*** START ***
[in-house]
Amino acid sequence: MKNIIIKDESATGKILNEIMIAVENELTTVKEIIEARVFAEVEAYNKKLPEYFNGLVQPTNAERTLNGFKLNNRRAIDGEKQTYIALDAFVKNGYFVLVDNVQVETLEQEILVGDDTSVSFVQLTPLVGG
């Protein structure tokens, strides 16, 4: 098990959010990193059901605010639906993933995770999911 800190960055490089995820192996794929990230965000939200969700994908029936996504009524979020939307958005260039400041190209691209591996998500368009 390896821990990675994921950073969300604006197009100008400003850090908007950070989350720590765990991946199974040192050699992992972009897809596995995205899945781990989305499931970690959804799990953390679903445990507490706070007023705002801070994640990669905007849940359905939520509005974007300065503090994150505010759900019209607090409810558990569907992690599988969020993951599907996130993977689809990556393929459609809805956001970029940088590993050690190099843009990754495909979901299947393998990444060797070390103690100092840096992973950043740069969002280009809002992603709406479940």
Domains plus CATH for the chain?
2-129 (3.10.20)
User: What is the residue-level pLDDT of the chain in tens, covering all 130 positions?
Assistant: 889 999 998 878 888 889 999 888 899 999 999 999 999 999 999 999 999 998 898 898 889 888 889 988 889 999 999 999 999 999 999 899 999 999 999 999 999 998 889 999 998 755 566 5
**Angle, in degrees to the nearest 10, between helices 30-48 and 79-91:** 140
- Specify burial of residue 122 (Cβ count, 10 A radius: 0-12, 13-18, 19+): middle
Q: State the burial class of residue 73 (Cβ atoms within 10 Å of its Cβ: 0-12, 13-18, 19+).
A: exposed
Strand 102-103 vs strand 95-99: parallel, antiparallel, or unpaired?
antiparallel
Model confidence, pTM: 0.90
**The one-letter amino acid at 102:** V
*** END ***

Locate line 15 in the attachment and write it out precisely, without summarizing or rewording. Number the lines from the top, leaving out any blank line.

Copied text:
**The one-letter amino acid at 102:** V